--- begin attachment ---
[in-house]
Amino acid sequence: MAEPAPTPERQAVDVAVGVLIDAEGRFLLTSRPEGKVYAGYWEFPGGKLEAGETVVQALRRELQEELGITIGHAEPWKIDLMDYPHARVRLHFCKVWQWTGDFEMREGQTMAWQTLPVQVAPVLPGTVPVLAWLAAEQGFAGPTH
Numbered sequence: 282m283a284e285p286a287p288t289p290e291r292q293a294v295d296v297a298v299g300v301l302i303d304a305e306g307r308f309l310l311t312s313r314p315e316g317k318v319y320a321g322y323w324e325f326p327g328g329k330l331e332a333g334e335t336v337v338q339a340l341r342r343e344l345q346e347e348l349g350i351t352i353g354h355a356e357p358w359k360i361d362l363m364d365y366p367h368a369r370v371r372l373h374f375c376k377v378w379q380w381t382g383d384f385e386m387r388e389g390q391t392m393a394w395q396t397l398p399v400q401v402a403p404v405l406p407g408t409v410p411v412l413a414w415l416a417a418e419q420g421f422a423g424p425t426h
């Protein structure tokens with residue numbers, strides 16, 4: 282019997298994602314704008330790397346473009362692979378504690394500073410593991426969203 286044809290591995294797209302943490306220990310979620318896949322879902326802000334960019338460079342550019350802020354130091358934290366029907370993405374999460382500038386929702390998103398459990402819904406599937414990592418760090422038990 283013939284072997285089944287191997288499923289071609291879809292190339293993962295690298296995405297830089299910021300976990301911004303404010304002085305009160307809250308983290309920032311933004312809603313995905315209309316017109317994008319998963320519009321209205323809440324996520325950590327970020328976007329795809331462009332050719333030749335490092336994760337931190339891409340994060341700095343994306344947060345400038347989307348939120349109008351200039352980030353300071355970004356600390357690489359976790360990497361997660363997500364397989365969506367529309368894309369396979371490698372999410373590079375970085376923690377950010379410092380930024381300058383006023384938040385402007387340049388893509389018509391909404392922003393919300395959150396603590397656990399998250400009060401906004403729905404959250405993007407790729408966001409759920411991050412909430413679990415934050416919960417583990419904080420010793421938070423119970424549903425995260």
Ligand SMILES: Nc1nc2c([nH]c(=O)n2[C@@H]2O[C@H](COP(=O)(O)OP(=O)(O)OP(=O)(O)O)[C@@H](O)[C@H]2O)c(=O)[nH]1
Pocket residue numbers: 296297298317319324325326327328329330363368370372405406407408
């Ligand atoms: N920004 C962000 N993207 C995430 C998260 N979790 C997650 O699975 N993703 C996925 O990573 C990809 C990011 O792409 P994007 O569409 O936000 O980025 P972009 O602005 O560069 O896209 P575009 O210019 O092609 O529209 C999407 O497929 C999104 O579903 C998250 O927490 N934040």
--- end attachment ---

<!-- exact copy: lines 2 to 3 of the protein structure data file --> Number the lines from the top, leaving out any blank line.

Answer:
Amino acid sequence: MAEPAPTPERQAVDVAVGVLIDAEGRFLLTSRPEGKVYAGYWEFPGGKLEAGETVVQALRRELQEELGITIGHAEPWKIDLMDYPHARVRLHFCKVWQWTGDFEMREGQTMAWQTLPVQVAPVLPGTVPVLAWLAAEQGFAGPTH
Numbered sequence: 282m283a284e285p286a287p288t289p290e291r292q293a294v295d296v297a298v299g300v301l302i303d304a305e306g307r308f309l310l311t312s313r314p315e316g317k318v319y320a321g322y323w324e325f326p327g328g329k330l331e332a333g334e335t336v337v338q339a340l341r342r343e344l345q346e347e348l349g350i351t352i353g354h355a356e357p358w359k360i361d362l363m364d365y366p367h368a369r370v371r372l373h374f375c376k377v378w379q380w381t382g383d384f385e386m387r388e389g390q391t392m393a394w395q396t397l398p399v400q401v402a403p404v405l406p407g408t409v410p411v412l413a414w415l416a417a418e419q420g421f422a423g424p425t426h